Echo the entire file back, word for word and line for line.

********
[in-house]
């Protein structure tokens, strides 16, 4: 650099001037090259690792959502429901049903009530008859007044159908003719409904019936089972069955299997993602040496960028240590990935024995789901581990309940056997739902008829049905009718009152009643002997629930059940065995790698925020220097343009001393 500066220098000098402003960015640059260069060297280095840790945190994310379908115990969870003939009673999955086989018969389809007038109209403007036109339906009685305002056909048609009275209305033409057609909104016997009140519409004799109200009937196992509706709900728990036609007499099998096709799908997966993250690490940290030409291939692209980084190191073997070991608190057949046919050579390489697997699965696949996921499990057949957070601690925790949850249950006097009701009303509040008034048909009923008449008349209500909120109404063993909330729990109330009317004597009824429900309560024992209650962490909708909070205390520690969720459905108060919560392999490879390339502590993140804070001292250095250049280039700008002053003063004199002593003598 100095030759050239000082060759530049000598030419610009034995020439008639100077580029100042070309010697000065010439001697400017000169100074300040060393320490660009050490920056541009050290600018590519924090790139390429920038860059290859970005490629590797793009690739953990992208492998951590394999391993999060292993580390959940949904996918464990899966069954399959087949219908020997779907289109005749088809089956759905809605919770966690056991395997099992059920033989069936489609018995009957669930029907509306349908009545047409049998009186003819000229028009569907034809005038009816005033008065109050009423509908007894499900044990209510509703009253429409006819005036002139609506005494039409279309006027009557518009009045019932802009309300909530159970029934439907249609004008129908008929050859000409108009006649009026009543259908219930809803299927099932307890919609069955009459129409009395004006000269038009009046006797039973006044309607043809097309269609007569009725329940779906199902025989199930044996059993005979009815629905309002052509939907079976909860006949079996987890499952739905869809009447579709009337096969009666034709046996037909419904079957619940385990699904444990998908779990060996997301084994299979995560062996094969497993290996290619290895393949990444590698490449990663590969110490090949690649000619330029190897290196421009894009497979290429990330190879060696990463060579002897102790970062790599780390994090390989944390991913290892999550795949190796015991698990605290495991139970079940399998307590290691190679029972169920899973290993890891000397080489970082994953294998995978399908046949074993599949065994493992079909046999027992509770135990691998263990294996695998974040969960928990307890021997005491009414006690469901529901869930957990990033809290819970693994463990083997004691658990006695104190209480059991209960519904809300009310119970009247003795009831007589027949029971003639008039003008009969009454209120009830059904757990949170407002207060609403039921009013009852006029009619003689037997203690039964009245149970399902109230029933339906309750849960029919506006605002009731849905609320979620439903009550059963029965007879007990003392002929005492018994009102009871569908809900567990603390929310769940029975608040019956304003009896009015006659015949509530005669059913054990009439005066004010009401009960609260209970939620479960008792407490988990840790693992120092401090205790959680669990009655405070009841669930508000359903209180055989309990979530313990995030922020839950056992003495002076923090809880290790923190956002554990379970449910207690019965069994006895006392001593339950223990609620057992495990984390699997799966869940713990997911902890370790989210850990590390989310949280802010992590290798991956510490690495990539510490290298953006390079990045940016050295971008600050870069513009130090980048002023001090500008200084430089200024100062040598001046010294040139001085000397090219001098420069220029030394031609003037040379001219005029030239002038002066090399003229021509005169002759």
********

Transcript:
[in-house]
């Protein structure tokens, strides 16, 4: 650099001037090259690792959502429901049903009530008859007044159908003719409904019936089972069955299997993602040496960028240590990935024995789901581990309940056997739902008829049905009718009152009643002997629930059940065995790698925020220097343009001393 500066220098000098402003960015640059260069060297280095840790945190994310379908115990969870003939009673999955086989018969389809007038109209403007036109339906009685305002056909048609009275209305033409057609909104016997009140519409004799109200009937196992509706709900728990036609007499099998096709799908997966993250690490940290030409291939692209980084190191073997070991608190057949046919050579390489697997699965696949996921499990057949957070601690925790949850249950006097009701009303509040008034048909009923008449008349209500909120109404063993909330729990109330009317004597009824429900309560024992209650962490909708909070205390520690969720459905108060919560392999490879390339502590993140804070001292250095250049280039700008002053003063004199002593003598 100095030759050239000082060759530049000598030419610009034995020439008639100077580029100042070309010697000065010439001697400017000169100074300040060393320490660009050490920056541009050290600018590519924090790139390429920038860059290859970005490629590797793009690739953990992208492998951590394999391993999060292993580390959940949904996918464990899966069954399959087949219908020997779907289109005749088809089956759905809605919770966690056991395997099992059920033989069936489609018995009957669930029907509306349908009545047409049998009186003819000229028009569907034809005038009816005033008065109050009423509908007894499900044990209510509703009253429409006819005036002139609506005494039409279309006027009557518009009045019932802009309300909530159970029934439907249609004008129908008929050859000409108009006649009026009543259908219930809803299927099932307890919609069955009459129409009395004006000269038009009046006797039973006044309607043809097309269609007569009725329940779906199902025989199930044996059993005979009815629905309002052509939907079976909860006949079996987890499952739905869809009447579709009337096969009666034709046996037909419904079957619940385990699904444990998908779990060996997301084994299979995560062996094969497993290996290619290895393949990444590698490449990663590969110490090949690649000619330029190897290196421009894009497979290429990330190879060696990463060579002897102790970062790599780390994090390989944390991913290892999550795949190796015991698990605290495991139970079940399998307590290691190679029972169920899973290993890891000397080489970082994953294998995978399908046949074993599949065994493992079909046999027992509770135990691998263990294996695998974040969960928990307890021997005491009414006690469901529901869930957990990033809290819970693994463990083997004691658990006695104190209480059991209960519904809300009310119970009247003795009831007589027949029971003639008039003008009969009454209120009830059904757990949170407002207060609403039921009013009852006029009619003689037997203690039964009245149970399902109230029933339906309750849960029919506006605002009731849905609320979620439903009550059963029965007879007990003392002929005492018994009102009871569908809900567990603390929310769940029975608040019956304003009896009015006659015949509530005669059913054990009439005066004010009401009960609260209970939620479960008792407490988990840790693992120092401090205790959680669990009655405070009841669930508000359903209180055989309990979530313990995030922020839950056992003495002076923090809880290790923190956002554990379970449910207690019965069994006895006392001593339950223990609620057992495990984390699997799966869940713990997911902890370790989210850990590390989310949280802010992590290798991956510490690495990539510490290298953006390079990045940016050295971008600050870069513009130090980048002023001090500008200084430089200024100062040598001046010294040139001085000397090219001098420069220029030394031609003037040379001219005029030239002038002066090399003229021509005169002759």